interviewBy Kingsley Alu, Chibunma Ukwu and Kehinde Ajobiewe
Engr Aminu Jalal is the Director-General, National Automative Council (NAC). In this interview with KINGSLEY ALU, CHIBUNMA UKWU and KEHINDE AJOBIEWE, he clarifies the issues surrounding the new national automative policy of the federal government. He also talks about the automative test laboratories project of the council, among others.
Nigeria made a failed attempt at vehicle manufacturing in the past; what do you think has changed now?
In the past when government entered into agreement with the assembling plants, it was a partnership agreement. The first one started in 1972 and was about establishing Peugeot and Volkswagen plants in the country.
In 1975, government signed another agreement to set up the commercial vehicles assembling plants. So it was just an agreement. If those obligations were implemented, we would have had a vibrant automobile industry. But both the government and the partners did not implement the agreement - there was no concerted effort. Unfortunately, this led to the collapse of the industry in the 80s when we had economic problems.
Before 1985 when there were no 'tokunbo' cars, Nigerians were buying new cars. After the economic problem we had in the 1980s, most Nigerians, except government, could not afford new vehicles. That was why the government introduced a new automotive policy in 1993 and set up the National Automotive Council (NAC) to implement it, but the policy was never backed by any circular. So a lot of the provisions of the policy were not implemented. Now we are in a position where we can support the market. With the economy growing, the demand for vehicles is going to increase. In the 1990s when the policy came out, Nigeria did not have enough market to support the industry, but now the country has the demand to support the automobile industry. In the last 15 years, the market has been growing. If you go to any town in Nigeria, you will see that the streets are choked with vehicles, whereas 15 years ago the roads were free.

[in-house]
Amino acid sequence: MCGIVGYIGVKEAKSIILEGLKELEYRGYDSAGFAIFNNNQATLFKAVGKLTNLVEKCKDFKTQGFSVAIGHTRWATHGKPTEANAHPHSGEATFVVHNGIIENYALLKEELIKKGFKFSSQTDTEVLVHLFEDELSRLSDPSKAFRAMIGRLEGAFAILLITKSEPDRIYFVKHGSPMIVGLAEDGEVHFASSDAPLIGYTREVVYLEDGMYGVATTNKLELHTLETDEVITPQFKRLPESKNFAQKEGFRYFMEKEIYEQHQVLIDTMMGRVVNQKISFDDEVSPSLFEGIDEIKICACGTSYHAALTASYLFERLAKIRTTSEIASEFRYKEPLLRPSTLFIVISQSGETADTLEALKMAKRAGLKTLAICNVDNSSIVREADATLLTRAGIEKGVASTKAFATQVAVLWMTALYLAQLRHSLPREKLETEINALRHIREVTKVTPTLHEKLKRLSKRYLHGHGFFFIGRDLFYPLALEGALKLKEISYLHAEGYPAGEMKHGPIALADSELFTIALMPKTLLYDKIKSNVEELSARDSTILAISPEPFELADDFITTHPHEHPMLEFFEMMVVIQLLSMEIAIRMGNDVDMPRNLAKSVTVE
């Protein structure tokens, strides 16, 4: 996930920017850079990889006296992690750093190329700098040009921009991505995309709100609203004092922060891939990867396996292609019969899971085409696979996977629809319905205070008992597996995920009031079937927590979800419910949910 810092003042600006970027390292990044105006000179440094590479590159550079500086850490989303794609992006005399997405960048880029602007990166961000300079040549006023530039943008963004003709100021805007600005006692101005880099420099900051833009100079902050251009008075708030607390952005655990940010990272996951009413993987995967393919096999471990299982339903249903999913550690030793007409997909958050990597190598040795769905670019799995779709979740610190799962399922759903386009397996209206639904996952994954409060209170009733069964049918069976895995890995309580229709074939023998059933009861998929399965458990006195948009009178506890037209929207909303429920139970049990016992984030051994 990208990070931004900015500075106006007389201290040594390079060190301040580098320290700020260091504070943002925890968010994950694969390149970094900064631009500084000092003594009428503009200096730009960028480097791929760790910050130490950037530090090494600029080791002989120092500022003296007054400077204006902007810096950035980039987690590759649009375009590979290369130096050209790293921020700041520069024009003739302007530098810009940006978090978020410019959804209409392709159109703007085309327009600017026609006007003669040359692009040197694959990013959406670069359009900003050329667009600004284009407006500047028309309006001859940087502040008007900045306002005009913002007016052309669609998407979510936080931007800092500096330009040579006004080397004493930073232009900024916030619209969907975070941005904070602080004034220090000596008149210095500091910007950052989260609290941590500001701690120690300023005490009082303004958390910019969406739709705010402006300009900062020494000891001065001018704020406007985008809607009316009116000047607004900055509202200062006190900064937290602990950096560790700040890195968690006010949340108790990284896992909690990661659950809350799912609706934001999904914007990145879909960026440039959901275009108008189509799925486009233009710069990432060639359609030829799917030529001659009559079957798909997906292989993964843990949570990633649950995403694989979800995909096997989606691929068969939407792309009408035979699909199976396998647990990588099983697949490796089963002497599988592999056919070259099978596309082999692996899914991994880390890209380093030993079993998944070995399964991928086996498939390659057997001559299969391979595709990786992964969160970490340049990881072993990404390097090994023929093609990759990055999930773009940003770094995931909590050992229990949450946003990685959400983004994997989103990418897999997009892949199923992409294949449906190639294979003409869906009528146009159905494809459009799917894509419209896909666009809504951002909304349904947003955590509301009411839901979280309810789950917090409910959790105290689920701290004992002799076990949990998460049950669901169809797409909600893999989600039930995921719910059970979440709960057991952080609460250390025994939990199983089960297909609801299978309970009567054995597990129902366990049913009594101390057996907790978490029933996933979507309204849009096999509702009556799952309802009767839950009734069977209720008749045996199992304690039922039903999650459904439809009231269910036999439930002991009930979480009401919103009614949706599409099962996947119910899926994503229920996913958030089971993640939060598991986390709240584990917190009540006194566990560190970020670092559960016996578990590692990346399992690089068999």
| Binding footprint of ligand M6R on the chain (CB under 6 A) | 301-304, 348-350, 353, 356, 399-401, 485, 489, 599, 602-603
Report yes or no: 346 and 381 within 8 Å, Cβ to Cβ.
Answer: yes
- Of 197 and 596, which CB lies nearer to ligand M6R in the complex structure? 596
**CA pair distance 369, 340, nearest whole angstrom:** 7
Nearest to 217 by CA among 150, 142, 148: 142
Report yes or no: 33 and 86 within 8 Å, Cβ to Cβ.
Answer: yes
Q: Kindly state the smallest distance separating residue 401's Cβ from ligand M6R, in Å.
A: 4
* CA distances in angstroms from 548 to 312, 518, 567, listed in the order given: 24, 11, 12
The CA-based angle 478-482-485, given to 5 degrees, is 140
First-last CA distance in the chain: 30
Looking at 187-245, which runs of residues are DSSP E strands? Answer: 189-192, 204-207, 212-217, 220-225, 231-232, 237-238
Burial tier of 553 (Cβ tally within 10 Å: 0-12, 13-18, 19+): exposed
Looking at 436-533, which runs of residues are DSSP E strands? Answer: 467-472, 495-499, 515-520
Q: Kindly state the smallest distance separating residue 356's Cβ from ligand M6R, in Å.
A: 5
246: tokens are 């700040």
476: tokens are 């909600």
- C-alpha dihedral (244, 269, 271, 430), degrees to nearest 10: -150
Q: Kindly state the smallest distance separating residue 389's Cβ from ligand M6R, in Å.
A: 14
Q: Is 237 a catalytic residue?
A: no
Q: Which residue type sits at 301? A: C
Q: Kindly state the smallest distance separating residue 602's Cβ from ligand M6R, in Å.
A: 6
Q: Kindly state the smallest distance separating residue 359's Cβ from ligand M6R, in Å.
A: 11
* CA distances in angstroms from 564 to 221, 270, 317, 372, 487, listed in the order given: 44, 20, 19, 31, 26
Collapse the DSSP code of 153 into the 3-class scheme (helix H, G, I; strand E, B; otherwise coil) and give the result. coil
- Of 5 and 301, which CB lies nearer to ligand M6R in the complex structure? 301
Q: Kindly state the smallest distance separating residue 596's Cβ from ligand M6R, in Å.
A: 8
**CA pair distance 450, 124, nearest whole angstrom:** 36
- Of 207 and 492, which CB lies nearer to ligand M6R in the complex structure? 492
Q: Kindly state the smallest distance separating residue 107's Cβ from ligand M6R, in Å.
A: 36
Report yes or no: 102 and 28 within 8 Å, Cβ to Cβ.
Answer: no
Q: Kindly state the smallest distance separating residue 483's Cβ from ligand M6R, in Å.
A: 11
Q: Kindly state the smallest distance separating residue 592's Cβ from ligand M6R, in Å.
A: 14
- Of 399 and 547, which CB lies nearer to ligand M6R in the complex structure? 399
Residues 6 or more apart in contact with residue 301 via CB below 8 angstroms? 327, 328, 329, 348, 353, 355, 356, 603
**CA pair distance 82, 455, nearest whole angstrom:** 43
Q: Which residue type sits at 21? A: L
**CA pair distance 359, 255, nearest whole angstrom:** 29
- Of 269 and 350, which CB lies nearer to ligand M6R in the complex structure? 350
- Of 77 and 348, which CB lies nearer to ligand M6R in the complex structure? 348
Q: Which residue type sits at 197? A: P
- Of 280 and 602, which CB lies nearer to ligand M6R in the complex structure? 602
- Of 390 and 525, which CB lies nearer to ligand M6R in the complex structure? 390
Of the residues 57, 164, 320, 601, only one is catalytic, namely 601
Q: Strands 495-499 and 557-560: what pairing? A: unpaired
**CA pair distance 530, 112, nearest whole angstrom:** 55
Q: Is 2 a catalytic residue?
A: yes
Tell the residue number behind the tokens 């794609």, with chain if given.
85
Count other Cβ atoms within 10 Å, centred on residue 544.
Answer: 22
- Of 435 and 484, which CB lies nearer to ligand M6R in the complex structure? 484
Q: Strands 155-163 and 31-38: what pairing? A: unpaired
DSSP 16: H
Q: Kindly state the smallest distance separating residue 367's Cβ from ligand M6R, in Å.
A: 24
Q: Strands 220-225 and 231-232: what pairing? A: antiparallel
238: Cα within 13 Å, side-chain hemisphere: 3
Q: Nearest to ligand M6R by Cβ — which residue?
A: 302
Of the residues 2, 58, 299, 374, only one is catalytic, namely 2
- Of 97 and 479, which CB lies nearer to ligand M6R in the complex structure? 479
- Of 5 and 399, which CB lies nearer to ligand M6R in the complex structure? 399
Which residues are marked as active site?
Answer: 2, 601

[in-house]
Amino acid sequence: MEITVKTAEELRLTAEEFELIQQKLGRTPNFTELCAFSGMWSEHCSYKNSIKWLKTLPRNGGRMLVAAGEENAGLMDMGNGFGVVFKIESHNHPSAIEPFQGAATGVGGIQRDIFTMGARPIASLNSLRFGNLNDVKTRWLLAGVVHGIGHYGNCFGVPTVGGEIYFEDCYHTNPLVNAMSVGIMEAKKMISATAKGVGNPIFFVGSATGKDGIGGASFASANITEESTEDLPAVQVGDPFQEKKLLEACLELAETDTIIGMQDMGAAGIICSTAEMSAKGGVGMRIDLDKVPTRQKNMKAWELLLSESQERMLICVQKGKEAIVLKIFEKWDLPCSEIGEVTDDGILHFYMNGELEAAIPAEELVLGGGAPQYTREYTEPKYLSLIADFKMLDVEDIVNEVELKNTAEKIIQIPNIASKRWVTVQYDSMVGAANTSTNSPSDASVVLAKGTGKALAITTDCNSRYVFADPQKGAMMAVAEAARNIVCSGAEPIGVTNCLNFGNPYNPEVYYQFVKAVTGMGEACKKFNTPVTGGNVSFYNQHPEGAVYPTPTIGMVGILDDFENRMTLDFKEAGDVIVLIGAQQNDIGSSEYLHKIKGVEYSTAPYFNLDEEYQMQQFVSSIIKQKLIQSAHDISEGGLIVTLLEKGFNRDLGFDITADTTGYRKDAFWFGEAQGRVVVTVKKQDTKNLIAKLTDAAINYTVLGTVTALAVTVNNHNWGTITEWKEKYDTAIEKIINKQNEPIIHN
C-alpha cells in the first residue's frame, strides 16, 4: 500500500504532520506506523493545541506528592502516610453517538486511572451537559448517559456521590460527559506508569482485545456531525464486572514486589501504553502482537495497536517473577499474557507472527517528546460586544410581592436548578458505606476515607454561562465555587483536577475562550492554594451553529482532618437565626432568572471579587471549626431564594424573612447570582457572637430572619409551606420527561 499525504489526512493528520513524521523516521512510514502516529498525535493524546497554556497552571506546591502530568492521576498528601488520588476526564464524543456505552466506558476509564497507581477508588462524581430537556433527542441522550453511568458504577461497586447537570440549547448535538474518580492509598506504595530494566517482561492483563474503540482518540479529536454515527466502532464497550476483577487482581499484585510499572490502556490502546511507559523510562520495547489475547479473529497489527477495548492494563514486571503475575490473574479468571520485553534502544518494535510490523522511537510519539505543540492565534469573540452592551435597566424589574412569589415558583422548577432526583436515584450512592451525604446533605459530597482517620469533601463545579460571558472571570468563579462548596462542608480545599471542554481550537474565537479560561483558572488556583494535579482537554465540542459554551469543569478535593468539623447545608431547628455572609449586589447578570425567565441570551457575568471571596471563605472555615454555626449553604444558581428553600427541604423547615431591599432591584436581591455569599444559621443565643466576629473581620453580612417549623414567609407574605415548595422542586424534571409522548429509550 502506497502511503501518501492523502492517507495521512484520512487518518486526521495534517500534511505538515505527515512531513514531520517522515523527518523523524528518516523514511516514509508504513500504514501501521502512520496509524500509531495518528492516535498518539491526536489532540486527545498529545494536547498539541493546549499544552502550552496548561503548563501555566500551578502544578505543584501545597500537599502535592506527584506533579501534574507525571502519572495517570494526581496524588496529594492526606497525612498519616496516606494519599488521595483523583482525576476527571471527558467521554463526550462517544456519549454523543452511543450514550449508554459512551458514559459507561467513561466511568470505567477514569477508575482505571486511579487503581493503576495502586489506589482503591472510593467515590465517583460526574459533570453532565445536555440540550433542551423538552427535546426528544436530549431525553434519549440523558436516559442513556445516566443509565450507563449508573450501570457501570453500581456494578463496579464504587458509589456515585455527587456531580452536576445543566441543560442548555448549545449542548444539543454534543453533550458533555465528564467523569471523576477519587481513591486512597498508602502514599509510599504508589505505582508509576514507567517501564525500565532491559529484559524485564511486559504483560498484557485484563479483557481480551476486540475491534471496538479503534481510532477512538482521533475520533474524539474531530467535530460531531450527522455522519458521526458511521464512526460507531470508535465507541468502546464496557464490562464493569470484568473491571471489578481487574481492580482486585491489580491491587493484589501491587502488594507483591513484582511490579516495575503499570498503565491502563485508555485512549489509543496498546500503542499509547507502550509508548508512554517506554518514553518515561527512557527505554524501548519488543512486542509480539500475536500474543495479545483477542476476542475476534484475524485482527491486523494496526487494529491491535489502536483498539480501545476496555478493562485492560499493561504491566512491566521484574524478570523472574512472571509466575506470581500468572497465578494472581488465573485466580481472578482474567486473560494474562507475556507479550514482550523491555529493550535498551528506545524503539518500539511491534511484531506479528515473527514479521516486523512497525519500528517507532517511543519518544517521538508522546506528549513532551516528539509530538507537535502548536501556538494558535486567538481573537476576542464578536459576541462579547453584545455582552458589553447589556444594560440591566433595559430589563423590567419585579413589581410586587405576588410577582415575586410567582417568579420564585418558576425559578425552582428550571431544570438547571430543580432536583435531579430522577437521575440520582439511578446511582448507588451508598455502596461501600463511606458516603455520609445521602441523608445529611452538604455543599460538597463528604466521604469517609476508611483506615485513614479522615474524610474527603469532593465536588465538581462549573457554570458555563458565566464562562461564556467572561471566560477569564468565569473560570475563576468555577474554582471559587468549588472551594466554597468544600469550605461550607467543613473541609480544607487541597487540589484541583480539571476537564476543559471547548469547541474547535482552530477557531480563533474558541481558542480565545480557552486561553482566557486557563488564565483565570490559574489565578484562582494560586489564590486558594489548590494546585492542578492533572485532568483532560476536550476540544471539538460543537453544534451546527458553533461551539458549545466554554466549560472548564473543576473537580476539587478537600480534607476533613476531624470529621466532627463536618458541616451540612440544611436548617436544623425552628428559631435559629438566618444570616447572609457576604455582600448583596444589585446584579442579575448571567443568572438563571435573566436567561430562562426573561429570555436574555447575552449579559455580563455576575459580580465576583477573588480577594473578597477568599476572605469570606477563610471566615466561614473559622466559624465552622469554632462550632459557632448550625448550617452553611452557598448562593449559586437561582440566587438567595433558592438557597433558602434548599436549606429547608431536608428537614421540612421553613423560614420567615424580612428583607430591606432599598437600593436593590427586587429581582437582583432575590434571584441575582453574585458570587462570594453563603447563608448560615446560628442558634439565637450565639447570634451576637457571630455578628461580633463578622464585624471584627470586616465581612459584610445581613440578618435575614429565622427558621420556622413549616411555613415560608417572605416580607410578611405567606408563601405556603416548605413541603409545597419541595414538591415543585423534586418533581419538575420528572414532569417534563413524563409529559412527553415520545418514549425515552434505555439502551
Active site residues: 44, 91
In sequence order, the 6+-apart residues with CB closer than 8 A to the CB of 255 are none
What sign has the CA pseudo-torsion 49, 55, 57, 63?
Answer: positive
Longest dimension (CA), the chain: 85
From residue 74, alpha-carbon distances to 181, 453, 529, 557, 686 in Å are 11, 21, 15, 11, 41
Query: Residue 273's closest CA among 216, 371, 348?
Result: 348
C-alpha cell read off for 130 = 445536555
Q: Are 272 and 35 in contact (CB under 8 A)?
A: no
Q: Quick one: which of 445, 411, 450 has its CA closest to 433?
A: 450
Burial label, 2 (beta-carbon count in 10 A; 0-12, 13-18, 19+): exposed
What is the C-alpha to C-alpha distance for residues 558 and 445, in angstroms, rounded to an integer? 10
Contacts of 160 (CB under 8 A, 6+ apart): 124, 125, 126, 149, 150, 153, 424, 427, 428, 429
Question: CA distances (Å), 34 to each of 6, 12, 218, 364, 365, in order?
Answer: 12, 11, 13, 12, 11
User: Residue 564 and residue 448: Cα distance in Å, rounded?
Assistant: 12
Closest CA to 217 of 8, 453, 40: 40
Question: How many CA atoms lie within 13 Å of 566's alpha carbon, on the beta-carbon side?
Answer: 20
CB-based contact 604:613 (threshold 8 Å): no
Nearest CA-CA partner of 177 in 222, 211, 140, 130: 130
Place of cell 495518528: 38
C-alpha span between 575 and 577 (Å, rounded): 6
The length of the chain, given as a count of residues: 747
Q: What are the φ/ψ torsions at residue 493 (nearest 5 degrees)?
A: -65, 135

What are we expecting under the new automotive policy?
The new automotive policy is different from the old policy in that it has all the elements to develop the market - skills, and infrastructure, and to check smuggling as well as to develop local contents. We have specific provisions for all these. It is a deliberate government effort to release a strategic and critical economic sector from the strangulating grip of dumping, and to allow it grow and flourish with all the attendant benefits including massive employment.
Facts about the operation capacity of Nigeria's automotive sector in the past are well documented. The assembly and component manufacturing plants in the 1970s and 1980s peaked at over 120,000 cars, including commercial vehicles and tractors, per annum.
Even today, an entirely green plant, Innoson Motor Manufacturing in Anambra State, is churning out buses and Sport Utility Vehicles (SUVs). In spite of the daunting investment environment, the membership of Nigerian Automotive Manufacturers Association (NAMA) has swelled recently with new bus and automotive body building companies.
All the privatised assembly plants including Volkswagen of Nigeria (now VON Nigeria), NTM, Steyr Nigeria, Leyland, Ibadan (now Leyland Busan) and PAN Nigeria Ltd., are all operational but limping from the effect of the grip.
Their unutilised capacity and expansion spaces present an opportunity to fast-track production in partnership with global automative firms. Nissan has already announced its partnership with VON to assemble vehicles.
The Nigerian automotive policy was launched in 1993 and the National Automotive Council (NAC) established as the institutional frame work to revitalise and develop the automotive industry. At the time, government thought that the absence of a policy framework and an implementing agency at the industry's inception may have been partly responsible for its failure to survive the 1984 structural adjustment programme (SAP).